Mukherjee also bludgeoned India's reputation for rule of law by legislating a retroactive tax aimed at British telecom multinational Vodafone that effectively overturns a landmark Supreme Court decision earlier this year that went in favor of the company. (The government is trying to collect $2.2 billion in taxes it says it is owed from Vodafone's 2007 purchase of Hutchison Whampoa's Indian assets from a Cayman Islands subsidiary.) Regardless of one's view of the Supreme Court verdict -- seen as unfair by those who frown upon companies structuring deals in offshore tax havens -- the government's end run around the court creates an unsettling precedent for future investors. Who can be certain that the rules in India won't suddenly be changed midstream? Last week, Singh hinted that he may review the unpopular decision.
As for corruption, though Singh's personal decency remains largely above reproach, nobody can say the same for his government. On Singh's watch a new "resource raj" has risen from the ashes of the license-permit raj, in which the government, not private business, decided everything from the location of a factory to how many widgets it could produce. Today, businesses dependent upon government discretion -- particularly in mining, telecom, infrastructure, and real estate -- have become bywords for staggering corruption. Government auditors estimate that the country may have lost as much as $40 billion in the so-called 2G scam, which involved selling telecom spectrum to favored bidders at throwaway prices. More recently, attention has shifted to government coal reserves allegedly sold to private companies for a song.
All this has led commentators to reevaluate Singh's place in India's history. With the benefit of hindsight, credit for India's first burst of reforms belongs less to Singh and more to the prime minister who hired him, the dour and largely forgotten P. V. Narasimha Rao, who held the country's top office for five years in the early 1990s. Arvind Panagariya, who wrote the definitive history of the Indian economy, calls Rao the "architect of the new India." In a nutshell, Rao believed that only reforms could lead India to prosperity. As long as he provided political cover, Singh delivered. Under Gandhi, advised by a kitchen cabinet of activists and do-gooders, once again Singh has fallen into line. For the past eight years, his government has chosen to privilege redistribution over growth.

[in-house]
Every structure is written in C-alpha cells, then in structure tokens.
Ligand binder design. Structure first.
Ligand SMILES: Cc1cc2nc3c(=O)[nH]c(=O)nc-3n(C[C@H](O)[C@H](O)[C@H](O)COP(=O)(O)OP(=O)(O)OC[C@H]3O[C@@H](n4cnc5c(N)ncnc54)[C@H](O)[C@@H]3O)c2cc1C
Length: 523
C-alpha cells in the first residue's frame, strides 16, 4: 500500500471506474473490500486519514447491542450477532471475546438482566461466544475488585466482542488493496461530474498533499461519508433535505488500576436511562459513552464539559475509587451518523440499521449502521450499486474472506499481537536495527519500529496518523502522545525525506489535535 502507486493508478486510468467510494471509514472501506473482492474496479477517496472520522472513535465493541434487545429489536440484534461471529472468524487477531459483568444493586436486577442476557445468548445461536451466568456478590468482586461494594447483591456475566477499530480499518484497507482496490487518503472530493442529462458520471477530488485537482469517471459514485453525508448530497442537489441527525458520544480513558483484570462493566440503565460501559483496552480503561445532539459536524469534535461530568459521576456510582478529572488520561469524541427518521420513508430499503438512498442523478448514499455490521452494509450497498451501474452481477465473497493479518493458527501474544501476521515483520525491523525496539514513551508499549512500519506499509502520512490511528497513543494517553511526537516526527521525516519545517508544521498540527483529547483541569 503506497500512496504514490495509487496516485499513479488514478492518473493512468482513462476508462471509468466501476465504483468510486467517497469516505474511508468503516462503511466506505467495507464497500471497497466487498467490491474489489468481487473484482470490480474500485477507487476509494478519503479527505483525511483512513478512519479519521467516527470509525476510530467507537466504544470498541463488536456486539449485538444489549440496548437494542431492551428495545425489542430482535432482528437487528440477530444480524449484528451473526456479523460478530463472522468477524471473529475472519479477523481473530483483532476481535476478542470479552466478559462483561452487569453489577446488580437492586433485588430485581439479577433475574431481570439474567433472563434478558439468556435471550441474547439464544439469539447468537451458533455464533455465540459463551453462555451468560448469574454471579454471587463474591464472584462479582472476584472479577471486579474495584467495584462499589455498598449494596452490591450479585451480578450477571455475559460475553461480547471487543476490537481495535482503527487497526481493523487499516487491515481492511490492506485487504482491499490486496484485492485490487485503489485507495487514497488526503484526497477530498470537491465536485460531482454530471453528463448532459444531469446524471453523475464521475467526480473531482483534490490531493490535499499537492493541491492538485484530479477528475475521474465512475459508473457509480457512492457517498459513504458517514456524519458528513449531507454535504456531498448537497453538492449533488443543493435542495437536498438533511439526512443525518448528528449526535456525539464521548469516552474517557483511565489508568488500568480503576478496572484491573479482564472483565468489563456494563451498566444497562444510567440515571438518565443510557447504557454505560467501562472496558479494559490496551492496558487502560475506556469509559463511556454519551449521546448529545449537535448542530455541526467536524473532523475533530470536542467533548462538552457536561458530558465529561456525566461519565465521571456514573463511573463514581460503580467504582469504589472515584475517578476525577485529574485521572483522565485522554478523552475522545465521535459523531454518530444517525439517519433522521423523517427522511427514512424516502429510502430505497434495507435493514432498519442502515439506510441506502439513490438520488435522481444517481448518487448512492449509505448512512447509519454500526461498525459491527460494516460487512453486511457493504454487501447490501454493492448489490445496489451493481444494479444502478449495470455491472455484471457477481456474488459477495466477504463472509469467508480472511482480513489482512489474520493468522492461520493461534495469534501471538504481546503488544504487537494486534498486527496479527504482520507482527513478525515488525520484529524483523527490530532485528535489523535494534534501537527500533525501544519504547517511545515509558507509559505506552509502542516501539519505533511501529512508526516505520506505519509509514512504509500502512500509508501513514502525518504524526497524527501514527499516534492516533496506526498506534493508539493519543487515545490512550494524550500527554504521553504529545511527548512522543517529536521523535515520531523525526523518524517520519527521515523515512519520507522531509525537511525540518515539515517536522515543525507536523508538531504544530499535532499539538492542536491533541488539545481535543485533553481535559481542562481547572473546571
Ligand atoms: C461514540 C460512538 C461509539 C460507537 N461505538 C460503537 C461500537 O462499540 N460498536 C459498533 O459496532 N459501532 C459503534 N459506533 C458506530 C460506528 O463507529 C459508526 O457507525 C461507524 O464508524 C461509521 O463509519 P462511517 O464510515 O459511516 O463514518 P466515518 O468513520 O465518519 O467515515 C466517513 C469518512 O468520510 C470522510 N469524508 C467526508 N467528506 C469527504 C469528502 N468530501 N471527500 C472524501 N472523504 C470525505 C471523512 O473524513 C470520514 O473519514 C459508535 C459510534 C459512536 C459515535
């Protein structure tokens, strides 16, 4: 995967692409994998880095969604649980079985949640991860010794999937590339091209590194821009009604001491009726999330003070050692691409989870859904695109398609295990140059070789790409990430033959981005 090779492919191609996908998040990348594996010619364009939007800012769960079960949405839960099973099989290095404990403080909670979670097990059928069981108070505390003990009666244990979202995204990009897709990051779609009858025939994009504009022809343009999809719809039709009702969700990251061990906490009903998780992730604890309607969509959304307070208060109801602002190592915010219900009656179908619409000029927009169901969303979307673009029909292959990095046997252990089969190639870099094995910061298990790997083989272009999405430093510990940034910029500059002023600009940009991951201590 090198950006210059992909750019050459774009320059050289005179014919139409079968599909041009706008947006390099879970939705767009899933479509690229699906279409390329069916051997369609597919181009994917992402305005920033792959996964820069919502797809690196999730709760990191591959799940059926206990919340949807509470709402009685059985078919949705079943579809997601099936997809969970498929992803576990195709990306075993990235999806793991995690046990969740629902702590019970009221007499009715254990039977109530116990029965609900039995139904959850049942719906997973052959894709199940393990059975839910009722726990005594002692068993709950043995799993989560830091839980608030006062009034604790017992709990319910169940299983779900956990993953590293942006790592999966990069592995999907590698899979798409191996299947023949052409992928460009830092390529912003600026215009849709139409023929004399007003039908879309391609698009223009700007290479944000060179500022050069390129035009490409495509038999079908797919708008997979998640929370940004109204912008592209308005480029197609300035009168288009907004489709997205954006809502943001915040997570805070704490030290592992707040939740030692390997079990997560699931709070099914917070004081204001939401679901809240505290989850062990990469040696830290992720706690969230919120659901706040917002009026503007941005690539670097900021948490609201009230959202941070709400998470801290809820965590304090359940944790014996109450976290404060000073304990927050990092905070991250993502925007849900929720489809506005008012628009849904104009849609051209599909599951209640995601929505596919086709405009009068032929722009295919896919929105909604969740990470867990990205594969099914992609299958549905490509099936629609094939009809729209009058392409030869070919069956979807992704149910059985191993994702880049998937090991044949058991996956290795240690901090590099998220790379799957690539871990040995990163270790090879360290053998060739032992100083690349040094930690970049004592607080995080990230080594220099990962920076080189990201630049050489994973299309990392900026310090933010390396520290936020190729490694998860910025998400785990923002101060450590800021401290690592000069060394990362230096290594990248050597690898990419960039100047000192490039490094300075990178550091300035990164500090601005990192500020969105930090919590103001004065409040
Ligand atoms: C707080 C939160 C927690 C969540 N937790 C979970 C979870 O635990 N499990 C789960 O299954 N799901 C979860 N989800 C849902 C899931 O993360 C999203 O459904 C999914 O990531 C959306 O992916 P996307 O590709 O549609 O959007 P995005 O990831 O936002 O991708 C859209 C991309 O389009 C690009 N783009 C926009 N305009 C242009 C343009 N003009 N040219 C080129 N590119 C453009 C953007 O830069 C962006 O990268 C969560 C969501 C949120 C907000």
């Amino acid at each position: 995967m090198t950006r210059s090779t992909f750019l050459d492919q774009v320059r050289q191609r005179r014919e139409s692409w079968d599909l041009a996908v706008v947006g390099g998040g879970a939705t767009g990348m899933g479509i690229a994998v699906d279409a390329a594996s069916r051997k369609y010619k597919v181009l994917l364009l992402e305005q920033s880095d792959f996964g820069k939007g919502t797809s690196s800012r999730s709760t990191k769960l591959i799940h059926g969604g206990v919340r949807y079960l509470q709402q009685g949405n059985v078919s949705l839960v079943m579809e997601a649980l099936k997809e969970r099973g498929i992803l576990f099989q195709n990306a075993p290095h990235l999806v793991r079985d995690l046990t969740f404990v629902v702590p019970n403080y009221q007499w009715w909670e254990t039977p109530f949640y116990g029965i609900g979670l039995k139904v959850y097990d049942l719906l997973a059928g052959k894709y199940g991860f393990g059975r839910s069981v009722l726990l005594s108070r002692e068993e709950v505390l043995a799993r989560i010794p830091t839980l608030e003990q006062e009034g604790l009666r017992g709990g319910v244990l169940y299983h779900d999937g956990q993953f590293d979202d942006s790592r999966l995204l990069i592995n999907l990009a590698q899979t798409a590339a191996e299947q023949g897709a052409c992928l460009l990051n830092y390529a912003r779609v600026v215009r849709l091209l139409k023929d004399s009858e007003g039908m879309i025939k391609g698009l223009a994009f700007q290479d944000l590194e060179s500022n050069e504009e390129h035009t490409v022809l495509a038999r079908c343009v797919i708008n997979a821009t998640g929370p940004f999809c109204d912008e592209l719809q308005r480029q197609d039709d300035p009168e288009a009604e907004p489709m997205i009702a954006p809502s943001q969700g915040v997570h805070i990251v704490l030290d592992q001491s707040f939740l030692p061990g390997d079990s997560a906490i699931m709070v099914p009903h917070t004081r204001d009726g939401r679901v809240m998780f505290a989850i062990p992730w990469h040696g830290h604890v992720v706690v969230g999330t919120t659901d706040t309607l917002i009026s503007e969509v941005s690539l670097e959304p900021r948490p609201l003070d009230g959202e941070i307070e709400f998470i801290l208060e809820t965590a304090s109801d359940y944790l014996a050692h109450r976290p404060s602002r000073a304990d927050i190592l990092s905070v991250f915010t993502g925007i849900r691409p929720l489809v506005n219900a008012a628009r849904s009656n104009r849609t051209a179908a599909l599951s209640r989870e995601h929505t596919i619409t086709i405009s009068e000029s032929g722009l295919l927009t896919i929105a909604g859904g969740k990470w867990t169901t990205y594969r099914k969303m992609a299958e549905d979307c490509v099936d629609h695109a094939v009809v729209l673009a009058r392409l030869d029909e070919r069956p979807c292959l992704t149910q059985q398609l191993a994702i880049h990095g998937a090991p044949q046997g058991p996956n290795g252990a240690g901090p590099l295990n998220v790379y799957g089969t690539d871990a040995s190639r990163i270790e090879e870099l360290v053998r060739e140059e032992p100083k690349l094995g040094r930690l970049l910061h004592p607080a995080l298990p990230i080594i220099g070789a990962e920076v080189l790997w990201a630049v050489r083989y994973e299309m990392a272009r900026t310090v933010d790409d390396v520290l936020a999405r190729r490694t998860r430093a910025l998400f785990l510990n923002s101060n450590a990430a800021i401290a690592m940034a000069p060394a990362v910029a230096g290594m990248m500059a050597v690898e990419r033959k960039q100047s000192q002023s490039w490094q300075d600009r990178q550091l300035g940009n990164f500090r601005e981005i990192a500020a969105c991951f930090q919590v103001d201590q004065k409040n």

This pattern also resolves another paradox of Singh's public life: If he was such a great reformer, then why did he serve the stifling license-permit raj with such distinction for decades? Prior to 1991, he served as chief economic advisor, finance secretary, head of the planning commission and governor of the central bank. In the late 1980s, he did a stint as the secretary general of the South Commission, a kind of global Third World think tank founded by Tanzania's Julius Nyerere. In short, Singh's poor economic record as prime minister is exactly what you would expect if you had looked at his entire career rather than merely his role as finance minister at the dawn of liberalization.
For India, Singh's hopeful tweets notwithstanding, it's time to draw lessons from the failures of the past eight years. In terms of politics, it makes no sense to divide political and administrative power, as between Gandhi and Singh. As in other parliamentary democracies, and for most of India's history as an independent country, the top job should go to the country's most powerful politician. Had the populist Gandhi -- reportedly unsure of her policy smarts and wishing to tamp down controversy over her Italian birth -- not handed Singh the reins of government, most people wouldn't have made the mistake of expecting reforms to begin with. They will remain implausible as long as Gandhi remains wedded to the idea that India needs welfare programs more than it needs jobs.
The moral of the story: both Indians and international investors need to become more skeptical of promises not backed by actions. Singh may have presented a reform-friendly image to the outside world based on one small slice of his past. But his government's domestic priorities on the ground, even when freed of the compulsion of seeking communist support after re-election in 2009, remained solidly redistributionist. Of course, for Singh himself these lessons likely won't matter. With less than two years to go in what is almost certainly his last term in office, it may be simply too late to pick up the pieces of his halo.